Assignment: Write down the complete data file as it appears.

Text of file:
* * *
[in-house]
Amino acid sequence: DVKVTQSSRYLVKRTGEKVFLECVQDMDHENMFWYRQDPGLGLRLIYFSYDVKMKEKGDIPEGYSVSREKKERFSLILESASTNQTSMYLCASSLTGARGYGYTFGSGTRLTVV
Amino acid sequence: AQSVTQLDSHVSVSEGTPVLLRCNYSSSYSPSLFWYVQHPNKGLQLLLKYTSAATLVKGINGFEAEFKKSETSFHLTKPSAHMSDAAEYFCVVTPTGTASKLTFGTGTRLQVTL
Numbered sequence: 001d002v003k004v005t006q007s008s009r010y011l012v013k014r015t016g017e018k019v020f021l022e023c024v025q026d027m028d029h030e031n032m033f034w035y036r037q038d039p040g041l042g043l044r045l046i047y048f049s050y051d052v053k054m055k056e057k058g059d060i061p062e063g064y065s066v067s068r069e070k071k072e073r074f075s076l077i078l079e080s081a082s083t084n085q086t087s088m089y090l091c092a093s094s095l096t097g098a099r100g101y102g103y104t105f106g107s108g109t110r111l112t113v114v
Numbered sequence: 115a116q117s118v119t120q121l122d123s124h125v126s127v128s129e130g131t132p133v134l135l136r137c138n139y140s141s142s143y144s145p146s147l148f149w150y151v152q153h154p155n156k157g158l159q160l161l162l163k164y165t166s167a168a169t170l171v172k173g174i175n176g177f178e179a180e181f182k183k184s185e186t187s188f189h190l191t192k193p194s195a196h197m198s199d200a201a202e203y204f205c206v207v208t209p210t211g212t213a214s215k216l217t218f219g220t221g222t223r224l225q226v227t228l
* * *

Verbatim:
[in-house]
Amino acid sequence: DVKVTQSSRYLVKRTGEKVFLECVQDMDHENMFWYRQDPGLGLRLIYFSYDVKMKEKGDIPEGYSVSREKKERFSLILESASTNQTSMYLCASSLTGARGYGYTFGSGTRLTVV
Amino acid sequence: AQSVTQLDSHVSVSEGTPVLLRCNYSSSYSPSLFWYVQHPNKGLQLLLKYTSAATLVKGINGFEAEFKKSETSFHLTKPSAHMSDAAEYFCVVTPTGTASKLTFGTGTRLQVTL
Numbered sequence: 001d002v003k004v005t006q007s008s009r010y011l012v013k014r015t016g017e018k019v020f021l022e023c024v025q026d027m028d029h030e031n032m033f034w035y036r037q038d039p040g041l042g043l044r045l046i047y048f049s050y051d052v053k054m055k056e057k058g059d060i061p062e063g064y065s066v067s068r069e070k071k072e073r074f075s076l077i078l079e080s081a082s083t084n085q086t087s088m089y090l091c092a093s094s095l096t097g098a099r100g101y102g103y104t105f106g107s108g109t110r111l112t113v114v
Numbered sequence: 115a116q117s118v119t120q121l122d123s124h125v126s127v128s129e130g131t132p133v134l135l136r137c138n139y140s141s142s143y144s145p146s147l148f149w150y151v152q153h154p155n156k157g158l159q160l161l162l163k164y165t166s167a168a169t170l171v172k173g174i175n176g177f178e179a180e181f182k183k184s185e186t187s188f189h190l191t192k193p194s195a196h197m198s199d200a201a202e203y204f205c206v207v208t209p210t211g212t213a214s215k216l217t218f219g220t221g222t223r224l225q226v227t228l